Job Vacancies At All-Time High As Employers Struggle to Recruit and Retain Talent

ONS Report: Job vacancies hit all-time high as employers struggle to recruit and retain talent. Over half of UK workers are prepared to leave their roles in search of better hybrid working benefits.


1.295 Million Unfilled Roles

A recent report released by the ONS found that job vacancies are at an all-time high in the UK, as employers battle for talent in one of the most competitive markets in history. The number of unfilled roles soared to 1.295 million between February and April, with the number of people moving from job to job also reaching record highs. This, combined with the fact that regular wages continue to lag behind inflation, has created a market of jobseekers with options on the table who are searching for roles that provide high salaries as well as work-life balance.

In light of this, Chris Biggs, Partner at Theta Global Advisors, discusses how employers can still manage to attract and retain skilled workers by offering forward-thinking flexible working policies that are still frowned upon by some of the world’s largest companies.


57% Brits Do Not Want Traditional Office Environment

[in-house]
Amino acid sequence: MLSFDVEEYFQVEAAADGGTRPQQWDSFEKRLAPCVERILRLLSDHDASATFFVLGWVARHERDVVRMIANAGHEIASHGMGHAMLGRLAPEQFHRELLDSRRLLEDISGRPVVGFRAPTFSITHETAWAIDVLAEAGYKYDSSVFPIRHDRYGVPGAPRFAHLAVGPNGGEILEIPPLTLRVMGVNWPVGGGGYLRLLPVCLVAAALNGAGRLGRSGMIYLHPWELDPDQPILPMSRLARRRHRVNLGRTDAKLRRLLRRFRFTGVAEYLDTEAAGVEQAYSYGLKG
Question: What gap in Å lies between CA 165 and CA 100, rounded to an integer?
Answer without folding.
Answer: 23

With the highest number of people employed throughout the UK in 50 years, workers feeling the pinch of the cost-of-living crisis are actively looking for employment with flexible working options. A landmark study by Theta Global Advisors unveiled that more than half (57%) of Brits do not want to work in a traditional office environment five days a week putting in regular hours. This shift to hybrid options being the norm has many benefits when it comes to work-life balance, but also saves employees money on travel, food, and clothing costs – as much as £500 a month according to the ONS.Recent research from Microsoft UK found that half of UK workers (51%) are prepared to leave their roles in order to access these hybrid working benefits, with Theta’s study also unveiling that 41% of people are likely to consider leaving their jobs within the next year. As a result, businesses are seeking answers to counteract the surge of resignations from their employees and offer them solutions to combat the cost-of-living crisis.However, big companies such as Deloitte and Goldman Sachs are still somewhat reluctant to fully adopt flexible work environments due to the fear of lowered productivity. This was echoed in Theta’s research which found that for 24% of Brits, their employers haven’t explored any flexible working options to help improve their work-life balance. Goldman Sachs have been in conversations about making changes in this area for almost a year after a leaked report disclosed abusive working conditions among junior bankers, who were working averages as high as 105 hours a week. Chris Biggs, partner at consultancy and accounting disruptor Theta Global Advisors comments: ​“With the cost-of-living throughout the UK reaching record highs, employees are taking an active stance on demanding flexible working options. As an employer, you can’t control things like inflation and rising energy prices, but you can support your employees during this time of financial stress by providing flexible working options tailored to their specific needs. “We’ve seen that those who fail to offer these options are often met with their staff leaving – so it’s beneficial to companies and their bottom line to accommodate hybrid options for their employees – not just for recruitment and retention, but for productivity as well.”